Fig. 5a–e
figure 5

SPECT/CT case acquired on Symbia T2 (Siemens Healthcare). A 54-year-old woman with breast carcinoma (pT1) for SLN mapping. Planar scintigraphy (a) detected sentinel lymph node (SLN). Subsequent SPECT/CT shows two SLNs: one in (b) typical localisation and (c, d) one in the upper axilla with 7-mm diameter. Histology proved the second SLN to be malignant (e). Imaging protocol: 102 MBq 99mTc-nanocolloid, 0 min pi scintigraphy, 75 min pi SPECT/CT; CT: 100 mAs, 130 kVp, 1-mm/3-mm slices; SPECT: 15 s/image, FBP, no CT-AC. (Courtesy of L.S. Freudenberg, Grevenbroich, Germany)

Most of these earlier publications are from studies performed with Hawkeye systems and, therefore, the addition of clinical CT to SPECT can only enhance the results obtained to date. As the installed base of SPECT/CT systems grows, publications documenting the benefits will no doubt appear in the literature [21, 26].

Improvements and new applications

With routine availability of CT-based attenuation correction SPECT/CT has been widely adopted in favour of SPECT-only imaging. However, unlike PET/CT which has replaced most standalone PET-only systems, SPECT/CT is unlikely to replace all, or even most SPECT. When compared to PET/CT most technical and methodological advances of SPECT, however, are not only available to SPECT/CT users but also to SPECT-only users.

Recently, a number of innovative hardware combinations of SPECT and CT were proposed, giving rise to the idea of disease-specific SPECT/CT imaging. Gambhir et al. [27] and Buechel et al. [28] demonstrated the clinical feasibility and technological benefit of a CdZnTe (CZT)-based SPECT imaging for cardiac applications. While this system is not combined with CT, it illustrates a major leap in SPECT instrumentation that could potentially enter into a new combination of SPECT/CT. The main benefit of CZT over standard scintillator-based SPECT detectors is the much higher energy resolution, which can be explored for dual-isotope imaging. CZT detectors are compact and future CZT SPECT/CT could be more physically integrated. However, today, production costs still limit the wider distribution of these novel SPECT imaging systems.

Already with standard SPECT in combination with CT several groups have demonstrated an increased diagnostic benefit from the availability of co-registered functional and anatomical information in combination with dedicated CT examinations, like angiography [17, 29]. So far these studies have been based on the retrospective alignment of SPECT and CT angiography data acquired on a 64-slice CT. Today, no SPECT/CT system would allow similar type of imaging sequences because of the limited number of CT detector rows (maximum 16, Fig. 3). It is fair to assume that if more SPECT-CT software fusion studies demonstrate the validity of hardware-based acquisitions of SPECT and CTA, then such combinations may well be designed and offered commercially.

In addition to cardiac applications, SPECT/CT can be optimised for orthopaedic imaging. Here, requirements entail fast and sensitive SPECT imaging in combination with high-resolution anatomical background information. As the age distribution of orthopaedic patients is very large, overexposure is a major concern when imaging these patients. Therefore, one vendor has proposed a novel design of SPECT/CT that combines a standard dual-head SPECT system with a cone-beam, flat-panel CT (Fig. 6) [30]. A single, 47-cm axial field-of-view of the SPECT is matched by three contiguous CT acquisitions of 14-cm axial field-of-view flat panel CT, thus allowing the co-axial SPECT/CT imaging range per bed position to be 42 cm.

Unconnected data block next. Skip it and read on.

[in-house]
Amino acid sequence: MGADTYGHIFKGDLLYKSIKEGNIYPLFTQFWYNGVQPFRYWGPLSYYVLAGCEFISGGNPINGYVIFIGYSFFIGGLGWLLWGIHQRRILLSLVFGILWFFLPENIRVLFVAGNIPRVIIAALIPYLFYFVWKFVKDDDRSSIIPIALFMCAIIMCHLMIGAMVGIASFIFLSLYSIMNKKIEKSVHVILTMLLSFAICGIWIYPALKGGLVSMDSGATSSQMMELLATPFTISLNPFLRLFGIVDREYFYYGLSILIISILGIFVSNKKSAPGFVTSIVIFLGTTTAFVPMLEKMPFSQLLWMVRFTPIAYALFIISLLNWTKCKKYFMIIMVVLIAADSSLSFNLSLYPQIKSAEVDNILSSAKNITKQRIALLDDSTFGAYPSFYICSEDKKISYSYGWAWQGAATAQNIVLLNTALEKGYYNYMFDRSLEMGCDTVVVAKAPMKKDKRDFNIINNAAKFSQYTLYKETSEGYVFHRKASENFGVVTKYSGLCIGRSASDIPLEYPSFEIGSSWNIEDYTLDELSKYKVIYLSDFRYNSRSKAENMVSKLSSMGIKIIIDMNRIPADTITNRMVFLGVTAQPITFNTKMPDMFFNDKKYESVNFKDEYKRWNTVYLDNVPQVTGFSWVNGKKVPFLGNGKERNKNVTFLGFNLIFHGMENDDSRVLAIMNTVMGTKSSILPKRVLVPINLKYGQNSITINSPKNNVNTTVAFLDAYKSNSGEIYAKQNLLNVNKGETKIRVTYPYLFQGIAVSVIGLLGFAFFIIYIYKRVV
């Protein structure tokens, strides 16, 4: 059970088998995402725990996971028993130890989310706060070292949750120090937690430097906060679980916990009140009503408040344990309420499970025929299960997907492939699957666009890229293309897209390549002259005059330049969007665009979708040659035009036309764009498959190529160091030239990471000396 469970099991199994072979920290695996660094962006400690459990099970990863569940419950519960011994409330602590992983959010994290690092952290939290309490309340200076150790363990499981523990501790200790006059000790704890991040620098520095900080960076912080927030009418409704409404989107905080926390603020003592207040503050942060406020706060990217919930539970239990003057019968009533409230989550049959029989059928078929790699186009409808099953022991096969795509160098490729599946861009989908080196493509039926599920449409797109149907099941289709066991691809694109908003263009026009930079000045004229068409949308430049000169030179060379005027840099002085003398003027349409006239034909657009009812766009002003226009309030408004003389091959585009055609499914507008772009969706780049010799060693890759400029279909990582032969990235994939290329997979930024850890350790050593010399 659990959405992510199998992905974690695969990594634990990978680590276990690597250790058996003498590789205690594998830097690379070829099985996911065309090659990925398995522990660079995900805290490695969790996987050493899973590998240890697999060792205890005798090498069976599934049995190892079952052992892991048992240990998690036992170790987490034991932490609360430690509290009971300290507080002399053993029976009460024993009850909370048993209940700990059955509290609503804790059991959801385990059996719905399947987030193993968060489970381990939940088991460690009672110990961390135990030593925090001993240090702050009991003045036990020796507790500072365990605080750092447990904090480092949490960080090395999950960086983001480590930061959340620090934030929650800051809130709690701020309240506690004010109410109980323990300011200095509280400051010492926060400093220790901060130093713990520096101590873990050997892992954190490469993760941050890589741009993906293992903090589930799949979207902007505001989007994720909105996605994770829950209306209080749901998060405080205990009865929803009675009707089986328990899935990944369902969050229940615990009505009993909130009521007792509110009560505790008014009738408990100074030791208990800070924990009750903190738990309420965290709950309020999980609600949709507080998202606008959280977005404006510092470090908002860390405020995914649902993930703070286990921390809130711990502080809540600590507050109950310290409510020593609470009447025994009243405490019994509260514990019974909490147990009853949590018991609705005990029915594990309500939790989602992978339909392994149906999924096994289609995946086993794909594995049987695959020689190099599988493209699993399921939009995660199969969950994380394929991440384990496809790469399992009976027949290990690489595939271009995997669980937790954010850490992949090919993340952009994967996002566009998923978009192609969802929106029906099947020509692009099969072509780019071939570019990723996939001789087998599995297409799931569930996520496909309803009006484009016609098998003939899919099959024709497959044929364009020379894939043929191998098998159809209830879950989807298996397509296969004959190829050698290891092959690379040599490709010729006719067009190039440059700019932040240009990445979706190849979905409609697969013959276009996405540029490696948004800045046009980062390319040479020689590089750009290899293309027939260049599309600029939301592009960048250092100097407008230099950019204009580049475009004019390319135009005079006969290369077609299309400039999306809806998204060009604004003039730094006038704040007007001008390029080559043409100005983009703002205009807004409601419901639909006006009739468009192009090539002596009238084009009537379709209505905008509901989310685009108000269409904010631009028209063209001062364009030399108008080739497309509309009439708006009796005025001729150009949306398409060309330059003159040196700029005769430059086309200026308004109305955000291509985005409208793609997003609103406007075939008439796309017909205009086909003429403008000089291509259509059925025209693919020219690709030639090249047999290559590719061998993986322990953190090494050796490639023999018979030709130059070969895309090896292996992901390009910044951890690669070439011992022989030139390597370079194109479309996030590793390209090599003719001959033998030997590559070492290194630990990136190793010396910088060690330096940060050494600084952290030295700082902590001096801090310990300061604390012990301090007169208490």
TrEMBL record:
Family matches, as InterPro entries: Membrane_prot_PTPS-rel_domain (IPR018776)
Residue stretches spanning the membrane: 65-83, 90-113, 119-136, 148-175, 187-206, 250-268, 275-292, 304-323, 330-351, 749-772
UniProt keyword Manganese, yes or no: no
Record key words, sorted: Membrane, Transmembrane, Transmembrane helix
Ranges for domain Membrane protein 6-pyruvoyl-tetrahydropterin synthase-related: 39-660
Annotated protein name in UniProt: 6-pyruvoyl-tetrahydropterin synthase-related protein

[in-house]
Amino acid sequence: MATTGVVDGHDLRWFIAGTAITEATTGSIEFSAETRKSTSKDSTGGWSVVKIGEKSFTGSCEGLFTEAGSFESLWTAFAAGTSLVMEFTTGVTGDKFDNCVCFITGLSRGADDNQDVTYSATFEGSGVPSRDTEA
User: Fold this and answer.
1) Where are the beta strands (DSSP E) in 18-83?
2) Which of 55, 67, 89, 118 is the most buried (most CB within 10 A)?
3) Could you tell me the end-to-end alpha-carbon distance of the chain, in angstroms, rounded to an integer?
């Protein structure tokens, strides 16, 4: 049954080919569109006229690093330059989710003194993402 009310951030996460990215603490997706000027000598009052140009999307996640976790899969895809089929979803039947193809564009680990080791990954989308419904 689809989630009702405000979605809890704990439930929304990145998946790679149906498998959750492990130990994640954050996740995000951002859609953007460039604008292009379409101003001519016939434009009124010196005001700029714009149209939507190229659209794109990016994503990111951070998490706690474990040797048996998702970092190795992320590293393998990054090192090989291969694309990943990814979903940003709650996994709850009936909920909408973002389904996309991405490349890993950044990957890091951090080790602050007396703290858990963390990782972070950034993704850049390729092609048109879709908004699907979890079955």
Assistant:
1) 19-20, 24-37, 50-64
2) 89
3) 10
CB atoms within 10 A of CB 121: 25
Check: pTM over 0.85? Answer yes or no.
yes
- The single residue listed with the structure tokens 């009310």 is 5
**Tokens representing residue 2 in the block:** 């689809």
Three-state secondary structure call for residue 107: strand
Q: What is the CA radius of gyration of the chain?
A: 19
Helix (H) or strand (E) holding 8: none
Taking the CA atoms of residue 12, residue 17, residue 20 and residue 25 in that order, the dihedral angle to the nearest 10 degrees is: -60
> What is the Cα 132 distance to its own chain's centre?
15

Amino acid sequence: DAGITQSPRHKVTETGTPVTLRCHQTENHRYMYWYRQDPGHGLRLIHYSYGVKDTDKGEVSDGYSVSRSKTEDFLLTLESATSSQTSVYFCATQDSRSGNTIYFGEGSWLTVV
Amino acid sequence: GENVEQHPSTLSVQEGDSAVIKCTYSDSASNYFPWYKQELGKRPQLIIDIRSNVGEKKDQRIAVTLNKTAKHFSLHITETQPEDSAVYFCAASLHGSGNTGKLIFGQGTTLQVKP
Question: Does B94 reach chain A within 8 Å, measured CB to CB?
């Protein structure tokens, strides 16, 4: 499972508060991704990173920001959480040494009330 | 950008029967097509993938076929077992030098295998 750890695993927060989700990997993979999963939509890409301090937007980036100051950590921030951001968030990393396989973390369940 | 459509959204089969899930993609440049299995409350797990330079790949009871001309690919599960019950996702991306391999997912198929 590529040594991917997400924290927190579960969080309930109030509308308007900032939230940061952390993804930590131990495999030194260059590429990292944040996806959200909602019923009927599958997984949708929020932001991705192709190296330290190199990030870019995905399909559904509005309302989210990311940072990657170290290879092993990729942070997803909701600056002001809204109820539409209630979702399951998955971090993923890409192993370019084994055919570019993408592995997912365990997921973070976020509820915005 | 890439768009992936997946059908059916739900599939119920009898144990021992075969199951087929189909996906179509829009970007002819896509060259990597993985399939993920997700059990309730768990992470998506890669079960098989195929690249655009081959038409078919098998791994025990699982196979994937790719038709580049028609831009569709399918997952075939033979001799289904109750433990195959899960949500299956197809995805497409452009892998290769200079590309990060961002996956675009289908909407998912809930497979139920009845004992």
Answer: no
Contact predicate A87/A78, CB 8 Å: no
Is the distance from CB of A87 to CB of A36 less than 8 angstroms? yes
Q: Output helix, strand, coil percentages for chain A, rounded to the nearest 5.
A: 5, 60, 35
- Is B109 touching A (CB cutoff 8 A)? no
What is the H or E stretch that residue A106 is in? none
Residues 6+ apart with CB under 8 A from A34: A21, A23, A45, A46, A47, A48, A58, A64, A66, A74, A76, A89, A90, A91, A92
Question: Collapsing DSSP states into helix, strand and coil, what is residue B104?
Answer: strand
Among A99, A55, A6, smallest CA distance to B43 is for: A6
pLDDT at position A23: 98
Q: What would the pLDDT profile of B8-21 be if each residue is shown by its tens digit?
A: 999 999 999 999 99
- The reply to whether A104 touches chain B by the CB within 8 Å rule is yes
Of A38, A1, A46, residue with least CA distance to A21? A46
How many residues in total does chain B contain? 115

Fig. 6
figure 6

(a) SPECT/CT design with flat panel CT for high-resolution, low-dose CT imaging with a main focus on orthopaedic applications (b) and routine attenuation correction. System images courtesy of Philips Healthcare, case study courtesy of T. Krause, Inselspital, Bern, Switzerland

Other innovations in SPECT/CT are expected from advanced data processing and acquisition (Fig. 7). As with nuclear medicine imaging techniques in general, SPECT describes a count limited imaging situation. Therefore, innovative image reconstruction techniques have been proposed to reduce noise propagation during the reconstruction (Fig. 7a). SPECT/CT images, even when based on low-dose CT acquisitions, provide the ability to anatomically define the fissures separating the lobes of the lungs so that lobar function can be assessed semi-automatically from co-registered V/Q images in patients who are candidates for lung volume reduction surgery (Fig. 7b). Similar approaches are followed when employing SPECT/CT information for image-based dosimetry calculations (Fig. 7c). Finally, Fig. 7d illustrates the potential of multi-bed, whole-body SPECT/CT imaging in oncology. Similar to PET/CT imaging, patients are injected with a single dose of radioactivity for SPECT/CT imaging. Imaging only a single bed position makes suboptimal use of the injected activity. Moreover, in oncology patients, disease can be widely distributed and not covered appropriately with a single bed position of SPECT/CT imaging. Here, a case of a patient with severe back pain with multiple foci of increased tracer uptake on the planar scintogram is shown. A two-bed SPECT/CT acquisition reveals several bone metastases in the spine and pelvis. Multi-bed, or whole-body SPECT/CT helps with the complete restaging of the patient, and is in synchrony with similar referring indications for whole-body PET/CT.